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Again, I’ll apologize as my focus was not on image quality per se, but what I would refer to as the “infrared effect”. They almost look like in corrected shots from a digital camera that had the hot filter removed. Photoshop cleared it up with the auto levels and hence the PS comment on my last post. Once the files were “autocorrected”, the results were satisfactory albeit the washed out look of expired film. My daughter actually likes that look. I don’t, but I have to be careful since she bought the pack for me for Christmas....

So, perhaps I should have asked the question as “ignoring the image quality, why did the vendor in CA return scans with overwhelming red hue when E-6 processed versus the local vendor who did not render it that way via C-41“?

Thanks all.
07-03-2020, 07:42 PM - 1 Like   #10
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QuoteOriginally posted by HomeMadeSin Quote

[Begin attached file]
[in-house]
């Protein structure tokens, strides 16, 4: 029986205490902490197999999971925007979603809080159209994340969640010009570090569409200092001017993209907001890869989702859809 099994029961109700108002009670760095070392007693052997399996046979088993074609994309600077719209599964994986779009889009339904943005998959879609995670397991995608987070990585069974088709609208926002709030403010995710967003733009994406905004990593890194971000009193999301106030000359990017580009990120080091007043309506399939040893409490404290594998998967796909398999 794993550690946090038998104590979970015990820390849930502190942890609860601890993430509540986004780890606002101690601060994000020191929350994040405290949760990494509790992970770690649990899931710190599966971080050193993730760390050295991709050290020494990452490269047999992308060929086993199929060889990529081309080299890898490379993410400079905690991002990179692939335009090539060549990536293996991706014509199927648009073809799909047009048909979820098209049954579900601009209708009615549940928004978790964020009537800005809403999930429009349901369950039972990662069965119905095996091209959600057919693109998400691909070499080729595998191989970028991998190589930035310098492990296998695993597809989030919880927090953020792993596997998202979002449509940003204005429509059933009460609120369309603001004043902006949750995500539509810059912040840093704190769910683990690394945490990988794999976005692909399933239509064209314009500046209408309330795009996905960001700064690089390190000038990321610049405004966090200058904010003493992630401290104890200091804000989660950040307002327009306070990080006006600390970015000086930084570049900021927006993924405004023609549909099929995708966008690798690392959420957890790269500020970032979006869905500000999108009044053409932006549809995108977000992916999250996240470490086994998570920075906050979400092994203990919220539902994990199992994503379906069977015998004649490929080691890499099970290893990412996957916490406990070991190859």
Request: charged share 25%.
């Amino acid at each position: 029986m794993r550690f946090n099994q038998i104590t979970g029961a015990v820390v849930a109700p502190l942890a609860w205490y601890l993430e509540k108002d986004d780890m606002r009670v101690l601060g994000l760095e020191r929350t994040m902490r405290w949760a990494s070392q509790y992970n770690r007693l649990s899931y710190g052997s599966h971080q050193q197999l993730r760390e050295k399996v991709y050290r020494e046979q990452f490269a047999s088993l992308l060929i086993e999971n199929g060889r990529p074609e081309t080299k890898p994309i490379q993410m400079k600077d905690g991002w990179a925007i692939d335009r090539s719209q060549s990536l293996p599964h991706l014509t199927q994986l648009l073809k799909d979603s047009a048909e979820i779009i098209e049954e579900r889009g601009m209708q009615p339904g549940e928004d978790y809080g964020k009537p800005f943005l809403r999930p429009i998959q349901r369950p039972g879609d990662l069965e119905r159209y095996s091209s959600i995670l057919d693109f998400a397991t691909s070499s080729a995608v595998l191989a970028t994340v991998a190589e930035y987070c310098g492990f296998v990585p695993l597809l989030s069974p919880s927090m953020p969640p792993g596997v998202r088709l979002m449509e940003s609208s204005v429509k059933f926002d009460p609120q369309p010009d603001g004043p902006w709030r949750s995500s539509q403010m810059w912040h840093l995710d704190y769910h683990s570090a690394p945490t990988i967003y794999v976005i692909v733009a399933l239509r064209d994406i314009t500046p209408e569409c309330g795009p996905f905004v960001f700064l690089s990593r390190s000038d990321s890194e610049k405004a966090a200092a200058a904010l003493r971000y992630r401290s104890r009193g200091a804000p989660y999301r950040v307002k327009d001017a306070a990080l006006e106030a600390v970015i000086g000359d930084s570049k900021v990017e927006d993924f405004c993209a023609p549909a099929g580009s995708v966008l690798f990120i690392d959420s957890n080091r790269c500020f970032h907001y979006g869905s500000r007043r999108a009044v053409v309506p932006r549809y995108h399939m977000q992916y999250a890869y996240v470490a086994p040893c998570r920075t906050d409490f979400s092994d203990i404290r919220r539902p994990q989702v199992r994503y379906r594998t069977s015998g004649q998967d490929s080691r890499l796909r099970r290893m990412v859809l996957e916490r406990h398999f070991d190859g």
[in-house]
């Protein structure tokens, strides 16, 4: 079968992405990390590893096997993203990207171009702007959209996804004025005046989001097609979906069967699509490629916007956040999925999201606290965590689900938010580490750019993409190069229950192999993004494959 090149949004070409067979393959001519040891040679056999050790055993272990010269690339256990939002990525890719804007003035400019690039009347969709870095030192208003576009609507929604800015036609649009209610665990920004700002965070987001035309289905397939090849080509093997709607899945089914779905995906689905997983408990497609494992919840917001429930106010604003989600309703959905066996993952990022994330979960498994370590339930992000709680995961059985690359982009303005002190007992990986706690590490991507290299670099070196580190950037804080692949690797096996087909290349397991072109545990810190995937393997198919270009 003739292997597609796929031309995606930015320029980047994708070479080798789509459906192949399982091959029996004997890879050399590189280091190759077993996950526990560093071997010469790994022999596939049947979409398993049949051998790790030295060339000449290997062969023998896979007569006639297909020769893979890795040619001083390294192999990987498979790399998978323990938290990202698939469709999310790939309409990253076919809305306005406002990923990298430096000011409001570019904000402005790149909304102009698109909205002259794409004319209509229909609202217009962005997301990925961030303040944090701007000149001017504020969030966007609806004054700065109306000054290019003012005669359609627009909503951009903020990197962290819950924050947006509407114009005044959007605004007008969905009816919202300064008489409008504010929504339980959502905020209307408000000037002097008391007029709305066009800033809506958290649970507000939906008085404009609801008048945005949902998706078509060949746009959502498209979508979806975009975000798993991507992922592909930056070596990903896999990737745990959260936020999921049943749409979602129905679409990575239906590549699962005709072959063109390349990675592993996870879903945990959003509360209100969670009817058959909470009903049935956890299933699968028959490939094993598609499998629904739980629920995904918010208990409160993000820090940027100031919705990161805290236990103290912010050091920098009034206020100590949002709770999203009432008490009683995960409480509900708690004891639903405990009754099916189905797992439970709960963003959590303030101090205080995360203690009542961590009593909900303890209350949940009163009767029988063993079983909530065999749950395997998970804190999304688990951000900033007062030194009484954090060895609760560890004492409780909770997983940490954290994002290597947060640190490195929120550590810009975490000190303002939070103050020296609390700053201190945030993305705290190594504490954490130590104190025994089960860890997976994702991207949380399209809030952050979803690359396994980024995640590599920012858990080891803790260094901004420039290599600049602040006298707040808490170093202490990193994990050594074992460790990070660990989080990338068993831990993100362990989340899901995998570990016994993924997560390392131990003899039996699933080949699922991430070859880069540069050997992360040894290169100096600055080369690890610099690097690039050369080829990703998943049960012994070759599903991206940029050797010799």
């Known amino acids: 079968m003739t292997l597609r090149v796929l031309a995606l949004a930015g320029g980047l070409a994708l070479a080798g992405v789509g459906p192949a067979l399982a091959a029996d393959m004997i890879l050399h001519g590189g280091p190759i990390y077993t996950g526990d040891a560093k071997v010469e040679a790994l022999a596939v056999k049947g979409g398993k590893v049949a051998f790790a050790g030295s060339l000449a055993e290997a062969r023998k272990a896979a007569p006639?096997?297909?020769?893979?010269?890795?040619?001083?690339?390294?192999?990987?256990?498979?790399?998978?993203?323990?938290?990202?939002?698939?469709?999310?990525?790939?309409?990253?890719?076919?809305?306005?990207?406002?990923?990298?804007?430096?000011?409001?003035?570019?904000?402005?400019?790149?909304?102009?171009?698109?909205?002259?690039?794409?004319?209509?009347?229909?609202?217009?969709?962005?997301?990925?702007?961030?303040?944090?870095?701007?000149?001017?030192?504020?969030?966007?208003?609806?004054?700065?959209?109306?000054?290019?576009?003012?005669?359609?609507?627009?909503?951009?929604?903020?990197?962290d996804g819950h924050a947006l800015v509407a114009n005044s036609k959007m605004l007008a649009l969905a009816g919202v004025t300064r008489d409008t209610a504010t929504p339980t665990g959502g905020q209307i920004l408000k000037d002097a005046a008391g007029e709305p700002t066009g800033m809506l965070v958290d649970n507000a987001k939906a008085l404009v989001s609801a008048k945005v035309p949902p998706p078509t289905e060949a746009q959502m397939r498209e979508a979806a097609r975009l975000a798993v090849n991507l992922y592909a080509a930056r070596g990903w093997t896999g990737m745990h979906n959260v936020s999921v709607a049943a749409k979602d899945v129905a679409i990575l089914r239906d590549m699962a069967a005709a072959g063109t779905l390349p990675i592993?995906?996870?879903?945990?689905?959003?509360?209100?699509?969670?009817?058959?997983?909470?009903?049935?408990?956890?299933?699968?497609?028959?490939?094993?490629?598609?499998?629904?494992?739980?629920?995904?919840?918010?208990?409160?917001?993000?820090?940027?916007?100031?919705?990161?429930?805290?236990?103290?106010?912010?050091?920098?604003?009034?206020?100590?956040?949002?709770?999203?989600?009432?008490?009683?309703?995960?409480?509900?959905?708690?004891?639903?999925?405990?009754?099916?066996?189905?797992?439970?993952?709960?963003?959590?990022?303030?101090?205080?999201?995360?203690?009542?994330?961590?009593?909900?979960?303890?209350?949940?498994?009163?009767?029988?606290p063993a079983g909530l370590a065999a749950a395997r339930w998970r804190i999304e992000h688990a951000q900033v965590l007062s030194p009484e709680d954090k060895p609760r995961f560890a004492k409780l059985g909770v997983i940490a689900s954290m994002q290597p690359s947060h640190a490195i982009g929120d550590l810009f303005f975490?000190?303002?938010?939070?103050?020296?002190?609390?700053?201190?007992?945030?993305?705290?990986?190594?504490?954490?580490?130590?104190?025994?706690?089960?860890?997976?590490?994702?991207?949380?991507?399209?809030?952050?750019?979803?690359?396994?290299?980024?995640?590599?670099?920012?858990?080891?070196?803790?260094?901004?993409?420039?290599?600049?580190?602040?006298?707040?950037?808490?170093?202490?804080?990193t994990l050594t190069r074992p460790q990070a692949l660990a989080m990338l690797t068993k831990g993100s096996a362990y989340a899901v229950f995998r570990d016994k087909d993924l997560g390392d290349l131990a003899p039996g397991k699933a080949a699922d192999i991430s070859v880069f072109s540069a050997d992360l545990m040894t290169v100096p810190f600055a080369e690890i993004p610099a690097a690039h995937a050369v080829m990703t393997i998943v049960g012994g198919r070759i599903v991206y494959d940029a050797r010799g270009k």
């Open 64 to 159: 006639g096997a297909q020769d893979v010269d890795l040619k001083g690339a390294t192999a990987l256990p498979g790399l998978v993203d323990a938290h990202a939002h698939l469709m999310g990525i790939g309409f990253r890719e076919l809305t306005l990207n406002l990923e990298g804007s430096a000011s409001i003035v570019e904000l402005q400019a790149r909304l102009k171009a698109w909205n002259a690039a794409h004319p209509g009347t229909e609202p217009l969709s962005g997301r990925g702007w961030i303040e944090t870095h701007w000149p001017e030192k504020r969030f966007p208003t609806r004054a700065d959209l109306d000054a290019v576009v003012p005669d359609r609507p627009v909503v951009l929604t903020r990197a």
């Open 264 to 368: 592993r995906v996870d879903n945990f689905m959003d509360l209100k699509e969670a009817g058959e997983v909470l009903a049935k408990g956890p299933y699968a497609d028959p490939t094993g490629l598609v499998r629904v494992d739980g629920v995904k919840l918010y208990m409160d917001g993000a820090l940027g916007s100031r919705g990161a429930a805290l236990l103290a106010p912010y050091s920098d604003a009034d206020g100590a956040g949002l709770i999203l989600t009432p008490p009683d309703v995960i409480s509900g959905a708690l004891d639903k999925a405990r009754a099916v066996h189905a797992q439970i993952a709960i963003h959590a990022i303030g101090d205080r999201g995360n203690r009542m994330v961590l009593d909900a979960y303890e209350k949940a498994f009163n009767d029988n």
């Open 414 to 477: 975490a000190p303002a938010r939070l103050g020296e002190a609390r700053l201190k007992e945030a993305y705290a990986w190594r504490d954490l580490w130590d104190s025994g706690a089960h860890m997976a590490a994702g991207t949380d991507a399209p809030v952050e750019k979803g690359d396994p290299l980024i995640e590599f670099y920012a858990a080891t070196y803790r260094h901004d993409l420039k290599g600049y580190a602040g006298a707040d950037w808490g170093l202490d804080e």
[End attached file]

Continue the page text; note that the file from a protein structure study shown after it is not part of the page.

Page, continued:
Again, I’ll apologize as my focus was not on image quality per se, but what I would refer to as the “infrared effect”. They almost look like in corrected shots from a digital camera that had the hot filter removed. Photoshop cleared it up with the auto levels and hence the PS comment on my last post. Once the files were “autocorrected”, the results were satisfactory albeit the washed out look of expired film. My daughter actually likes that look. I don’t, but I have to be careful since she bought the pack for me for Christmas....

So, perhaps I should have asked the question as “ignoring the image quality, why did the vendor in CA return scans with overwhelming red hue when E-6 processed versus the local vendor who did not render it that way via C-41“?

Thanks all.
I was always only ok at b&w developing so I watched this with interest but I'm sorry I can't add to the discussion.